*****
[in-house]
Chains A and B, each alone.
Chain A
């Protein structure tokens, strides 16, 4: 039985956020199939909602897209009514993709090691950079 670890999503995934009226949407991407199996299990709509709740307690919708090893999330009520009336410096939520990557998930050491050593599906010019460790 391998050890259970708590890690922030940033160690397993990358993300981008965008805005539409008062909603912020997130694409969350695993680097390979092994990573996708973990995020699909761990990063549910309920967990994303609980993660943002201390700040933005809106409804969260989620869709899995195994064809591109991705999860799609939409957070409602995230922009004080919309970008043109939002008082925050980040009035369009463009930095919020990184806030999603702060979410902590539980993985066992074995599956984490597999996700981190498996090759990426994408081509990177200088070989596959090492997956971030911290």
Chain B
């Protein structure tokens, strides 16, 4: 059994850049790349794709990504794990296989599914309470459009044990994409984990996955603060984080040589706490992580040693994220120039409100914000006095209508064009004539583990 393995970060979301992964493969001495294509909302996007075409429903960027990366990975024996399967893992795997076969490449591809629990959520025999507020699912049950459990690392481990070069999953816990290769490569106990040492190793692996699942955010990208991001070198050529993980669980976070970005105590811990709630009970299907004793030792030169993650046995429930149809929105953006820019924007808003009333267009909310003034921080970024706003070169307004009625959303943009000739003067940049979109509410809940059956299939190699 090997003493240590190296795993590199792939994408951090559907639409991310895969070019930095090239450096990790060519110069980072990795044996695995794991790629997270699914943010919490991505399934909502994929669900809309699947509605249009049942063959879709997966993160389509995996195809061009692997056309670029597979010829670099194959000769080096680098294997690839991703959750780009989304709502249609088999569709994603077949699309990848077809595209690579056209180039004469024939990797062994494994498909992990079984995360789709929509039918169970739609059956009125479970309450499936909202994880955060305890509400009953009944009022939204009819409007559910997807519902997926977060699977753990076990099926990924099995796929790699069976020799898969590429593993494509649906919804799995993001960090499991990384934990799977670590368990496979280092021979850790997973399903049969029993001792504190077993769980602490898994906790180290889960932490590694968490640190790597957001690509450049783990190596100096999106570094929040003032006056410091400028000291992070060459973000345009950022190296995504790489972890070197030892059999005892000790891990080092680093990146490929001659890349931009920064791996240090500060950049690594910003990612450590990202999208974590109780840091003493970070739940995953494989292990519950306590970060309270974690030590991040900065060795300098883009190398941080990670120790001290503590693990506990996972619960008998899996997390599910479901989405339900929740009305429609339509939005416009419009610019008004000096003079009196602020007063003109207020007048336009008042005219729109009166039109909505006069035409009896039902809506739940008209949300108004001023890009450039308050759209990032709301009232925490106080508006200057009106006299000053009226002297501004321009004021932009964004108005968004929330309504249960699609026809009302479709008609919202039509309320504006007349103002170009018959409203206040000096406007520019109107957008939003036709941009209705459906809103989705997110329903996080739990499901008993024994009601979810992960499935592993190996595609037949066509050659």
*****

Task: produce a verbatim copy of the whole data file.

[in-house]
Chains A and B, each alone.
Chain A
């Protein structure tokens, strides 16, 4: 039985956020199939909602897209009514993709090691950079 670890999503995934009226949407991407199996299990709509709740307690919708090893999330009520009336410096939520990557998930050491050593599906010019460790 391998050890259970708590890690922030940033160690397993990358993300981008965008805005539409008062909603912020997130694409969350695993680097390979092994990573996708973990995020699909761990990063549910309920967990994303609980993660943002201390700040933005809106409804969260989620869709899995195994064809591109991705999860799609939409957070409602995230922009004080919309970008043109939002008082925050980040009035369009463009930095919020990184806030999603702060979410902590539980993985066992074995599956984490597999996700981190498996090759990426994408081509990177200088070989596959090492997956971030911290």
Chain B
């Protein structure tokens, strides 16, 4: 059994850049790349794709990504794990296989599914309470459009044990994409984990996955603060984080040589706490992580040693994220120039409100914000006095209508064009004539583990 393995970060979301992964493969001495294509909302996007075409429903960027990366990975024996399967893992795997076969490449591809629990959520025999507020699912049950459990690392481990070069999953816990290769490569106990040492190793692996699942955010990208991001070198050529993980669980976070970005105590811990709630009970299907004793030792030169993650046995429930149809929105953006820019924007808003009333267009909310003034921080970024706003070169307004009625959303943009000739003067940049979109509410809940059956299939190699 090997003493240590190296795993590199792939994408951090559907639409991310895969070019930095090239450096990790060519110069980072990795044996695995794991790629997270699914943010919490991505399934909502994929669900809309699947509605249009049942063959879709997966993160389509995996195809061009692997056309670029597979010829670099194959000769080096680098294997690839991703959750780009989304709502249609088999569709994603077949699309990848077809595209690579056209180039004469024939990797062994494994498909992990079984995360789709929509039918169970739609059956009125479970309450499936909202994880955060305890509400009953009944009022939204009819409007559910997807519902997926977060699977753990076990099926990924099995796929790699069976020799898969590429593993494509649906919804799995993001960090499991990384934990799977670590368990496979280092021979850790997973399903049969029993001792504190077993769980602490898994906790180290889960932490590694968490640190790597957001690509450049783990190596100096999106570094929040003032006056410091400028000291992070060459973000345009950022190296995504790489972890070197030892059999005892000790891990080092680093990146490929001659890349931009920064791996240090500060950049690594910003990612450590990202999208974590109780840091003493970070739940995953494989292990519950306590970060309270974690030590991040900065060795300098883009190398941080990670120790001290503590693990506990996972619960008998899996997390599910479901989405339900929740009305429609339509939005416009419009610019008004000096003079009196602020007063003109207020007048336009008042005219729109009166039109909505006069035409009896039902809506739940008209949300108004001023890009450039308050759209990032709301009232925490106080508006200057009106006299000053009226002297501004321009004021932009964004108005968004929330309504249960699609026809009302479709008609919202039509309320504006007349103002170009018959409203206040000096406007520019109107957008939003036709941009209705459906809103989705997110329903996080739990499901008993024994009601979810992960499935592993190996595609037949066509050659």